The first evaluation of the NHS Sickle Cell Screening Programme has found that it is successfully identifying newborn babies with sickle cell disease.
The screening programme, established in 2002, enables the early identification of infants with sickle cell disease. Once children are identified with the disease, early entry into care allows a timely offer of penicillin prophylaxis, a preventative measure against severe infections in children with sickle cell disease, and education and support for parents, both of which are known to reduce morbidity and mortality.
Researchers from King’s College London looked at babies with sickle cell disease born in England between 1 September 2010 and 31 August 2015, following them until August 2016. The results, published in Archives of Disease in Childhoodshow the screening programme works well; 80% of infants were registered into specialist care and prescribed penicillin within the specified timeframe of three months of age. Any deaths that were recorded due to sickle cell disease were very few and only observed in children over one year of age.
Dr Allison Streetly, lead author of the evaluation from King’s College London said: “The NHS newborn screening services have achieved outstanding results for both test performance and bloodspot uptake. We should celebrate this achievement and ensure that standards are maintained. There is more to do to achieve optimal follow-up of infants with fail-safe and further efforts are needed to ensure parents are supported so that babies receive all appropriate preventive interventions, including daily penicillin and vaccination which saves lives.”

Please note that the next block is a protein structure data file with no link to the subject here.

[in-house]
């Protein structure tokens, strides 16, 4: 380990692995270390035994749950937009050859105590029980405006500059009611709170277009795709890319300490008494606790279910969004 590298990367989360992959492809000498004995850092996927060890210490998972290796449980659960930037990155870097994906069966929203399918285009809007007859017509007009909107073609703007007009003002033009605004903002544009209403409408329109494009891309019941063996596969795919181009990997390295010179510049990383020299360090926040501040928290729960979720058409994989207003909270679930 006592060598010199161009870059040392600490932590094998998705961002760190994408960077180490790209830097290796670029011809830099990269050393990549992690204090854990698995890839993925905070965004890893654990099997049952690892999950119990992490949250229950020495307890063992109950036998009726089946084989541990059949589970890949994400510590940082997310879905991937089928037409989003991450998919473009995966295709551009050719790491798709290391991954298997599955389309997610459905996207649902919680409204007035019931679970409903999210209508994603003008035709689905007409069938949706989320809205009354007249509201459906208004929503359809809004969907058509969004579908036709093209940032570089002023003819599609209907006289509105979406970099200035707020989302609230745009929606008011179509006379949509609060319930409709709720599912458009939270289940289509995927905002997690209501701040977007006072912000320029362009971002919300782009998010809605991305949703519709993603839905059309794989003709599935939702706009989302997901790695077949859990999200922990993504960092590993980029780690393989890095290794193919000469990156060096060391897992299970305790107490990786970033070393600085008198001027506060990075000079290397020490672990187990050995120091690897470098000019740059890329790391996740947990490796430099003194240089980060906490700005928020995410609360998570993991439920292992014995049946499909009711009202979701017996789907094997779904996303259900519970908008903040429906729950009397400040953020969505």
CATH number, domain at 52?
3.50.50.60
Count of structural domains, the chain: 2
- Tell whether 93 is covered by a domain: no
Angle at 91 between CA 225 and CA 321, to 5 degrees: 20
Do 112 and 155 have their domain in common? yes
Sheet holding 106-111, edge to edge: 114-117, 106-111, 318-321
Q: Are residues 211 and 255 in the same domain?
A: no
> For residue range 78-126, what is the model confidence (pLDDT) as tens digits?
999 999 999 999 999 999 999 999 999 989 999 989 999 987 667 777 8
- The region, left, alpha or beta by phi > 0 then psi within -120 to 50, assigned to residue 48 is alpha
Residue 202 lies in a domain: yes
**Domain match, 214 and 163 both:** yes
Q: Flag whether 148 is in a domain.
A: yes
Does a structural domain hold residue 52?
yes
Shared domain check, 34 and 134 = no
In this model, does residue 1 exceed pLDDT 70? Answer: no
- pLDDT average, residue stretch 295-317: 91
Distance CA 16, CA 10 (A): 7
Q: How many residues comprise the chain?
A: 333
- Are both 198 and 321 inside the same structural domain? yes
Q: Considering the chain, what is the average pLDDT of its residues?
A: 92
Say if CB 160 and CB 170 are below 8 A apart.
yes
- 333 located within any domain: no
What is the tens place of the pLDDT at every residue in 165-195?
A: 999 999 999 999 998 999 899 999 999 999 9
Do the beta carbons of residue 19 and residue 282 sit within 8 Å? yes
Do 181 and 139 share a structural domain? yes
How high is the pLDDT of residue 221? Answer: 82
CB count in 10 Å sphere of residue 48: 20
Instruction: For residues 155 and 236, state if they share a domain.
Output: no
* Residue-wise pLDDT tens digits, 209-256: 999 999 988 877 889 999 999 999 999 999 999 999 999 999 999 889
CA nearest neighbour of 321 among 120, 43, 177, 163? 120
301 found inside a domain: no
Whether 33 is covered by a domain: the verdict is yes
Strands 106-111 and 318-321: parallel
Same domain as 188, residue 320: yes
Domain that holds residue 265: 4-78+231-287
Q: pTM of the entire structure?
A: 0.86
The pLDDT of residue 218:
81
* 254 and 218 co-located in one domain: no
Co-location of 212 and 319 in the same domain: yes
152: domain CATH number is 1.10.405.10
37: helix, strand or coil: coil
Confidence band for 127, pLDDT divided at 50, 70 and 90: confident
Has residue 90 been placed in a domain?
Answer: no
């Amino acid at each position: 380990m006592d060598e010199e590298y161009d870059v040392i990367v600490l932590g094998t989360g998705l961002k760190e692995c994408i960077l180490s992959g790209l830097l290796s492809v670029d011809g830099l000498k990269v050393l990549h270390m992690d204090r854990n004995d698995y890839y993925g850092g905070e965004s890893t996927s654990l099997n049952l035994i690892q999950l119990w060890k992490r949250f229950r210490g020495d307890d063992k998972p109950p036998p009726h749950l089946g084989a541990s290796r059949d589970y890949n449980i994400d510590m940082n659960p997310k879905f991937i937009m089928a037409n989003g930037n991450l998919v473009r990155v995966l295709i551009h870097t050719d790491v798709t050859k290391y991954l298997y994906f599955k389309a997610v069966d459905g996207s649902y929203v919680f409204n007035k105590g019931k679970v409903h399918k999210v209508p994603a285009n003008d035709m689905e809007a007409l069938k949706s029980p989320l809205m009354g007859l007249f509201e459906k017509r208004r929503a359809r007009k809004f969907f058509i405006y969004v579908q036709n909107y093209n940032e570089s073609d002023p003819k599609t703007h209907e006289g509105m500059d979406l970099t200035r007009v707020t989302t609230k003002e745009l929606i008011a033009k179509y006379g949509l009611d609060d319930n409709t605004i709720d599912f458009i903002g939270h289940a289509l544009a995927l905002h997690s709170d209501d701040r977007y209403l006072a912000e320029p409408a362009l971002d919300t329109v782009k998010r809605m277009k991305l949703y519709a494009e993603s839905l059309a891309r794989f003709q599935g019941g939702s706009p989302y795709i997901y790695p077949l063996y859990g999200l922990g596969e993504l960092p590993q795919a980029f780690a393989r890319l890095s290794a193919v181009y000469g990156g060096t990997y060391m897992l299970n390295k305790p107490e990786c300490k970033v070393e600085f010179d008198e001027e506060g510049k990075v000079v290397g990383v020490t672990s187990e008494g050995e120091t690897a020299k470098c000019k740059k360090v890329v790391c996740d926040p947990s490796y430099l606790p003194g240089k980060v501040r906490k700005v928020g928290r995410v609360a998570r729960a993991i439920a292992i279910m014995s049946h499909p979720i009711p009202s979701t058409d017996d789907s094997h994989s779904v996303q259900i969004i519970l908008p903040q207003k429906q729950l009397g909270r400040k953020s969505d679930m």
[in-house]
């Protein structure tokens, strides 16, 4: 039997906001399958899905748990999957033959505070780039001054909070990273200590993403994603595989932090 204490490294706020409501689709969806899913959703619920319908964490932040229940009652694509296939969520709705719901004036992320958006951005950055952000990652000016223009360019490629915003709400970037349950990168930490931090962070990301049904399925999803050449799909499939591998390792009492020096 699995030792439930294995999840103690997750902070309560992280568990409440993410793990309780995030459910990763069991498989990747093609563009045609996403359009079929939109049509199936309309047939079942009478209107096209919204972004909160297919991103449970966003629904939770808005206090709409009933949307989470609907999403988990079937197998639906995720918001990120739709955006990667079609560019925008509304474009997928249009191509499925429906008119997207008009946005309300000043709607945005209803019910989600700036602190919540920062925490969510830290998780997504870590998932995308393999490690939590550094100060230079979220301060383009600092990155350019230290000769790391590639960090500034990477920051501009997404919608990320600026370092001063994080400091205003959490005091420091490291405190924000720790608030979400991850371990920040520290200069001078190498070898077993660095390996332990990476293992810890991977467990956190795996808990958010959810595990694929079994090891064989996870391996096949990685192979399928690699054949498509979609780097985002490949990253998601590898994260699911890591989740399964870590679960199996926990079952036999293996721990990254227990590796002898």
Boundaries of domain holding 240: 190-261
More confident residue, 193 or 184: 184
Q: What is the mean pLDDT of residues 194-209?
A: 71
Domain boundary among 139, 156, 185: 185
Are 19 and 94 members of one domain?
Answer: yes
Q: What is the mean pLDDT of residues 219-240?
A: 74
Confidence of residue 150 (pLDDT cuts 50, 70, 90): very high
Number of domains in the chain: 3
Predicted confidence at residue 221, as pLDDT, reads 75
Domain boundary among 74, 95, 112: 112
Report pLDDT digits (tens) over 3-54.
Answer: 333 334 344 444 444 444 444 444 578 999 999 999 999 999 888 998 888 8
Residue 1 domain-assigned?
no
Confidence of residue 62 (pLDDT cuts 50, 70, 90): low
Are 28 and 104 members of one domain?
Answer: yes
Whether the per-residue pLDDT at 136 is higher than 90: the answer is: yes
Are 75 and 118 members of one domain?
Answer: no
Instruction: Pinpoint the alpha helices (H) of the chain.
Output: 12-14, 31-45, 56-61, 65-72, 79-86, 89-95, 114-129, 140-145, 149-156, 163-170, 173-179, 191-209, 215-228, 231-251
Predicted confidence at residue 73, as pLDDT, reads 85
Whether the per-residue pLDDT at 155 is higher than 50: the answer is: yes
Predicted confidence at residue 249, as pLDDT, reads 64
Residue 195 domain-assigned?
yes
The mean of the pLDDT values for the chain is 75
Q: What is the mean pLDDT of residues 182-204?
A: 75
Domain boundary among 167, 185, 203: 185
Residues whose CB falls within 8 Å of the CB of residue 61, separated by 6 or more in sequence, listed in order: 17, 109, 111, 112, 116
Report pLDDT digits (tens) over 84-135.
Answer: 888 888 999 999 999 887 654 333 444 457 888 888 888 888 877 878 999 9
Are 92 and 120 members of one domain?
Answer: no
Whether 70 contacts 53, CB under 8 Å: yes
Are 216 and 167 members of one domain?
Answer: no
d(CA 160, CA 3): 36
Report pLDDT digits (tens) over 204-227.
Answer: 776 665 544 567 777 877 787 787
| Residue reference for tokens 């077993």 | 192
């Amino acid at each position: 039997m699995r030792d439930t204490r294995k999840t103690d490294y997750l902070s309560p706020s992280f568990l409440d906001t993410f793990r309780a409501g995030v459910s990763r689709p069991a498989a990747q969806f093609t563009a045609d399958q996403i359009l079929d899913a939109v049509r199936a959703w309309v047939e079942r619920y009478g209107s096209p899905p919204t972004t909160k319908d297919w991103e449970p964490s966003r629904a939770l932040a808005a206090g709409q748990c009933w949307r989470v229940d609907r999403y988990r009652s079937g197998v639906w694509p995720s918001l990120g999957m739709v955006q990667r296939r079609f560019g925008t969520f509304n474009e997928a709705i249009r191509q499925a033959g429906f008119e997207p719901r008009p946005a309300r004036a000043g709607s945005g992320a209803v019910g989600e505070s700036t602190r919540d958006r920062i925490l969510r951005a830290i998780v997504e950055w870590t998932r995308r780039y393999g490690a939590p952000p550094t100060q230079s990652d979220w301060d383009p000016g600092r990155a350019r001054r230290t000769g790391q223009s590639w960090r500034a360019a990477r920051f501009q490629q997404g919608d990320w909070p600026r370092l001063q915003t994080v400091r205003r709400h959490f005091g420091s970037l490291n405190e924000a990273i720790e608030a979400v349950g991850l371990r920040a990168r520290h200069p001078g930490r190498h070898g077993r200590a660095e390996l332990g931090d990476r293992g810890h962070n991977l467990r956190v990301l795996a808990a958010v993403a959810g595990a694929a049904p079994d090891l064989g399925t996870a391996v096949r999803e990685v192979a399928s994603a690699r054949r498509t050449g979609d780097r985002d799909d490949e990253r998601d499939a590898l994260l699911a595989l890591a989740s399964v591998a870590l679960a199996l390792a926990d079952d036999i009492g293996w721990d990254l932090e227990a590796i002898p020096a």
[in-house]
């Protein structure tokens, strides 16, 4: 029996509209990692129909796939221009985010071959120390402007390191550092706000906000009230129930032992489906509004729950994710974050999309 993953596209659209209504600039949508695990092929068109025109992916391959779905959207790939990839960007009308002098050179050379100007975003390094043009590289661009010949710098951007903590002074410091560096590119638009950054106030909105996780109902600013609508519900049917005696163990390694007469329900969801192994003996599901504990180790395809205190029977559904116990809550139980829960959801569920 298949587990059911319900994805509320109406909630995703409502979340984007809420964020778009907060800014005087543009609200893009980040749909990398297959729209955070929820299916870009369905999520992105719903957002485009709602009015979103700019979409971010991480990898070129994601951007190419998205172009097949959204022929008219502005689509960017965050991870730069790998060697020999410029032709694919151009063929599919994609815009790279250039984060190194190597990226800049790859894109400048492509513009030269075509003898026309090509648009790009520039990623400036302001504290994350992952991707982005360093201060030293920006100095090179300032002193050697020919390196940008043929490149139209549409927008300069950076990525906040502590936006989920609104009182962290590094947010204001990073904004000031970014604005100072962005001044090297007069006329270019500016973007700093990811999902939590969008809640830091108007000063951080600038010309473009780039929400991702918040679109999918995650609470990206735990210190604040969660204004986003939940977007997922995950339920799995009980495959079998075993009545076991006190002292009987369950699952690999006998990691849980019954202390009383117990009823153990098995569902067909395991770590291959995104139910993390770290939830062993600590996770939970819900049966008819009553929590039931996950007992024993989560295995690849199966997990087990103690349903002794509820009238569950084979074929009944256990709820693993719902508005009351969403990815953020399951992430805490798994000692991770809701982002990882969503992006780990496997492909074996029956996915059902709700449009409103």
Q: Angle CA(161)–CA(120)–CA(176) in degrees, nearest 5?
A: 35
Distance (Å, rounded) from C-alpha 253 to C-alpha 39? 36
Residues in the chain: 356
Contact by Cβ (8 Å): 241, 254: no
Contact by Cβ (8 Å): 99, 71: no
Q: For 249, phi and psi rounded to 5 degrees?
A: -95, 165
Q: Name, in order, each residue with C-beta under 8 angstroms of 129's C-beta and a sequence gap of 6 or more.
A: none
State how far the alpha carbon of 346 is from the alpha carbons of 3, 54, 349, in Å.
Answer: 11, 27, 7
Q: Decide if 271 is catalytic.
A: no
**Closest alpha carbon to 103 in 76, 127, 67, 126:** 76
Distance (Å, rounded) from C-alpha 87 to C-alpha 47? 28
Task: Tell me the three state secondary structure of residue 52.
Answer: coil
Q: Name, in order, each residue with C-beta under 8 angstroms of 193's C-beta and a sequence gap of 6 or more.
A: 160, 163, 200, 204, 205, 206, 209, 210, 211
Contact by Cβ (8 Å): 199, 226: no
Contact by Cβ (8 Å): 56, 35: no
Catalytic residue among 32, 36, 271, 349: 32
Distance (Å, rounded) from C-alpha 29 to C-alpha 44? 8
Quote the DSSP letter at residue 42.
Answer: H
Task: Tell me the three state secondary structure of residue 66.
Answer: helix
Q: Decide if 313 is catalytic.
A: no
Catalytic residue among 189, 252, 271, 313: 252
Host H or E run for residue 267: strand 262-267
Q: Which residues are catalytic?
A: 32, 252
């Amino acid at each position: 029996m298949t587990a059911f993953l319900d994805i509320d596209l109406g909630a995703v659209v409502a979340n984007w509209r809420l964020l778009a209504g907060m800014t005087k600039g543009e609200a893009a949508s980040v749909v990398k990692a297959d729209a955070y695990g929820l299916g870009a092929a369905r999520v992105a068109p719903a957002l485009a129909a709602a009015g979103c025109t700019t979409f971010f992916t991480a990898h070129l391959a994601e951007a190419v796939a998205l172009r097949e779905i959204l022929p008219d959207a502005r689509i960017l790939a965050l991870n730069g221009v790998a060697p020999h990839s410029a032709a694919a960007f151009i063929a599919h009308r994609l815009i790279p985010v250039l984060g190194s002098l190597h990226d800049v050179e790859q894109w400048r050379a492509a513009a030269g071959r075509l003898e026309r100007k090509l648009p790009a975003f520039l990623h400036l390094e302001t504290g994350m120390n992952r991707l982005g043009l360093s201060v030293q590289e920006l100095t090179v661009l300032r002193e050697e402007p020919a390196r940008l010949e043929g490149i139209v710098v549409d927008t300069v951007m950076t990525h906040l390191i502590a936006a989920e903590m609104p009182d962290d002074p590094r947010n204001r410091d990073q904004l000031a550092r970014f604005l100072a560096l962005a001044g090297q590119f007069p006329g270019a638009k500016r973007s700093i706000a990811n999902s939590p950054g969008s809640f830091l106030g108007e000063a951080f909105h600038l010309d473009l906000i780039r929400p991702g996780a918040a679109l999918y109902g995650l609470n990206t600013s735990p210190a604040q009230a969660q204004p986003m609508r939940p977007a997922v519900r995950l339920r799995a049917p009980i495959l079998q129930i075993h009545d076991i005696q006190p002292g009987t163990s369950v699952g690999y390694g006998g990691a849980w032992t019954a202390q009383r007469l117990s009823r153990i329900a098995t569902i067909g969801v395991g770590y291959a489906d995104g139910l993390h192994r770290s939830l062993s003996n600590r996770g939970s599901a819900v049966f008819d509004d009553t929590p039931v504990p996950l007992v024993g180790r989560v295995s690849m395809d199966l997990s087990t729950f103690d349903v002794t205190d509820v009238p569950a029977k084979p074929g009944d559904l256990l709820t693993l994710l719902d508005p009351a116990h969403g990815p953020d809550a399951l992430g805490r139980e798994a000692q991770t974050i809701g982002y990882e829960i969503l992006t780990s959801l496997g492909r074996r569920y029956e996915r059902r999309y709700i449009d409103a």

Based on the evaluation, researchers identified several improvements that need to be made to the screening programme. This includes timely intervention, continued support for parents, education of front-line professionals, and prescription of penicillin.
John James, CEO of Sickle Cell Society, said: “As the screening programme continues, we want to see that all babies with sickle cell anaemia get the care and support that they need by the age of three months old. We will be working with parents to ensure they know how to get this care and to make sure that no child goes without it.”
Sickle cell disease is the most common clinically significant genetic disorder affecting newborn children in England. It is a condition that affects the normal oxygen carrying capacity of red blood cells and immunity and ranges in severity. Based on this evaluation, sickle cell disease is estimated to affect 1 in 2400 births in England. The NHS Sickle Cell and Thalassaemia Screening Programme was implemented on the advice of the UK National Screening Committee. It is delivered by the NHS and led by Public Health England as part of the antenatal and newborn population screening programmes.
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King’s College London